"They can't be forgotten, even if the country wants to forget them we can't..."
HOLTVILLE, Calif. (KYMA, KECY) - To kick off Hispanic Heritage month community members gathered at the Terrace Park Cemetery to honor those who died while crossing the border.
Nestled in the back of the cemetery is another cemetery, there is no grass and no headstones and for some, there are no names.
All that is known of the people buried there is that all of their journeys ended the same, dying in the desert from heat exhaustion, dehydration, or hypothermia crossing the U.S. Mexico border.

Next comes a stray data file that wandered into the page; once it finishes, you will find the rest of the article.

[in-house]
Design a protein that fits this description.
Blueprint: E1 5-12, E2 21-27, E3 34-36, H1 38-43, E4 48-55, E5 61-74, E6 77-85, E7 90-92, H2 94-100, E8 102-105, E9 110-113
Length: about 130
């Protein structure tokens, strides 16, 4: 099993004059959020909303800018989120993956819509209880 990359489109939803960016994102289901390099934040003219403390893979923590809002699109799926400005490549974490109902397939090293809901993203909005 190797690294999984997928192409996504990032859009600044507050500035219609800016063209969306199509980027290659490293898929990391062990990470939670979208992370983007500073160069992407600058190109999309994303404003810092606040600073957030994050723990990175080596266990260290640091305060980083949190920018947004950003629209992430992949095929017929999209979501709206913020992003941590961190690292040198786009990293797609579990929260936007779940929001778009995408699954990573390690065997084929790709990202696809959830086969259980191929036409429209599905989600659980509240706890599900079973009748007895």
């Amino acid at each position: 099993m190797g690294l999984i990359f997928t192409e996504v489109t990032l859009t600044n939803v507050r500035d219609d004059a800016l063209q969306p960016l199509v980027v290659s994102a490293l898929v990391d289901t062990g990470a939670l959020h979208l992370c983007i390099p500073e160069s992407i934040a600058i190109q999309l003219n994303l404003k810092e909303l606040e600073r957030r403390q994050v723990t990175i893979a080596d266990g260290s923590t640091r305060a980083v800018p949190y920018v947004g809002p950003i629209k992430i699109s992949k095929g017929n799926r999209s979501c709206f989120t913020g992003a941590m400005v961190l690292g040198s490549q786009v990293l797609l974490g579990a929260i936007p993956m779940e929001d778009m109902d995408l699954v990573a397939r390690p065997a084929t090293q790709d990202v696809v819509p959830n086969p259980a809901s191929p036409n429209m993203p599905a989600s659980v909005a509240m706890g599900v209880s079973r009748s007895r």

“A wall separates those who are citizens and those who are undocumented, and uhh today precisely today is a very symbolic day it is the beginning of Hispanic Heritage Month what legacy are we giving to our people?,” Hugo Castro, Chirla Organizer.
In 2019 alone there were 300 deaths along the southwest border.
“If they don’t have papers they don’t have rights, for example, my name is Hugo Castro if I don’t have my id on me I don’t stop being Hugo Castro, I continue to be Hugo Castro, even if I forgot, therefore, a human being doesn’t stop being a human being if they don’t have a piece of paper.”
A lot of the people buried here have families that don’t even know they passed.
“It’s not part of our history, it’s part of what’s happening and it’s not the past we still have people dying trying to get in and we have people suffering all along the border,” said Susan Massey.